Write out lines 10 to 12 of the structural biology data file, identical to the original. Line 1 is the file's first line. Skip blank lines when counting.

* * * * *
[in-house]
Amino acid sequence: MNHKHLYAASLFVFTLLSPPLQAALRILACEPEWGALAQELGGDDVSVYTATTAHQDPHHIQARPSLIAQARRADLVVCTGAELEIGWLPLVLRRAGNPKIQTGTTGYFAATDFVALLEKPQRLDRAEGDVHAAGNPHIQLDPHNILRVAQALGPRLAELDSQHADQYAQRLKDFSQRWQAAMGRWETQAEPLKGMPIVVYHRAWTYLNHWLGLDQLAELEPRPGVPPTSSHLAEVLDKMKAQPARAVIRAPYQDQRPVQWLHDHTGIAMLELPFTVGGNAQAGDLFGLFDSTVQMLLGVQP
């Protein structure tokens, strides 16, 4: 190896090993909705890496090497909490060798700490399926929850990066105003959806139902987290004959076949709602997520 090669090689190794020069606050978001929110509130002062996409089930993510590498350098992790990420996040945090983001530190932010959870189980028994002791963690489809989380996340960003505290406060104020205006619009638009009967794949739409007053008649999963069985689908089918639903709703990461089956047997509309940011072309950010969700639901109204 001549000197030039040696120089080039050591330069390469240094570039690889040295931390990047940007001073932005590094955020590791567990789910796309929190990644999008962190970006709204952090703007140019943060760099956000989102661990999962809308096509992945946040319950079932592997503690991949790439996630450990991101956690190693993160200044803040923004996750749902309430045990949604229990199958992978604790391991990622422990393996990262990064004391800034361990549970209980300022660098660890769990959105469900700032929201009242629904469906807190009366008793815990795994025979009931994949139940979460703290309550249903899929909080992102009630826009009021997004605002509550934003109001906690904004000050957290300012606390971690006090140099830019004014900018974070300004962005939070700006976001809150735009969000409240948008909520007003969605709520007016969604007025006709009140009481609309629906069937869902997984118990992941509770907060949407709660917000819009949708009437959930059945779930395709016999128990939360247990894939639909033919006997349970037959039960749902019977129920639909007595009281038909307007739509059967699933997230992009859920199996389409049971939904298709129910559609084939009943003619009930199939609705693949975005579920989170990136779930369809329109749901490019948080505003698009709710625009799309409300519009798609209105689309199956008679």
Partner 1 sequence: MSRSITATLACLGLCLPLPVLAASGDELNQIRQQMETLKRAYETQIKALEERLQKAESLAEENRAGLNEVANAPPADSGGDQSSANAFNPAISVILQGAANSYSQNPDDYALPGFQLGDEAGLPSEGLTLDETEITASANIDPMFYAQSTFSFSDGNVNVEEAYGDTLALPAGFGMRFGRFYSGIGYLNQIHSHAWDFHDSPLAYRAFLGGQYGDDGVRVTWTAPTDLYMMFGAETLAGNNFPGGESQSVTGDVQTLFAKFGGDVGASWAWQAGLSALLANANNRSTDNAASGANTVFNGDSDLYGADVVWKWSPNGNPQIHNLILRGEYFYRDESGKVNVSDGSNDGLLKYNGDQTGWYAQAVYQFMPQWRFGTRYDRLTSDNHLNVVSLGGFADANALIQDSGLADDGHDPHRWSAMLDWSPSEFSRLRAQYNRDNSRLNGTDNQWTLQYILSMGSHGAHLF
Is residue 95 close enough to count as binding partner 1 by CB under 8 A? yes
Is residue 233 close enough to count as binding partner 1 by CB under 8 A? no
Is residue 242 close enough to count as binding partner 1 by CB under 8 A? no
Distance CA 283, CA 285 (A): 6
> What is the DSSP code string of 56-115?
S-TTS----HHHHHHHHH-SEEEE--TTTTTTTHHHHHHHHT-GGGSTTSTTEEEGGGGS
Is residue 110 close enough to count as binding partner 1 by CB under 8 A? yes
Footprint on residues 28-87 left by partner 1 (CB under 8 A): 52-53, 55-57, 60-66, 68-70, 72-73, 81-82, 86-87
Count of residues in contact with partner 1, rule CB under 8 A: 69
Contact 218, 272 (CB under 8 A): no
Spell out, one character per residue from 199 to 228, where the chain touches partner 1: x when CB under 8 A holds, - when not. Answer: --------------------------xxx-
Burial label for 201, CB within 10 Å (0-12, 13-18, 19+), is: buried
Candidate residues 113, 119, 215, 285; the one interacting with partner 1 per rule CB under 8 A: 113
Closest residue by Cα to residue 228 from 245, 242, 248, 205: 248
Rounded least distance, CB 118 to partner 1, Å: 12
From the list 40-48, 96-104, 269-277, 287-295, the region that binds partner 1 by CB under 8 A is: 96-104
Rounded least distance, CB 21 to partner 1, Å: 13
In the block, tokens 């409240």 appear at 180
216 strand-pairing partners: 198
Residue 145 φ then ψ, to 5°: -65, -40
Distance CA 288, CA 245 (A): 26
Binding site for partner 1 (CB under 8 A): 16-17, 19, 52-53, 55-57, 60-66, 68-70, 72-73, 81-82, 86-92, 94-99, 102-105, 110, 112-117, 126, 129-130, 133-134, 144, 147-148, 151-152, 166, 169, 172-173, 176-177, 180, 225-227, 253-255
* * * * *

S-TTS----HHHHHHHHH-SEEEE--TTTTTTTHHHHHHHHT-GGGSTTSTTEEEGGGGS
Is residue 110 close enough to count as binding partner 1 by CB under 8 A? yes
Footprint on residues 28-87 left by partner 1 (CB under 8 A): 52-53, 55-57, 60-66, 68-70, 72-73, 81-82, 86-87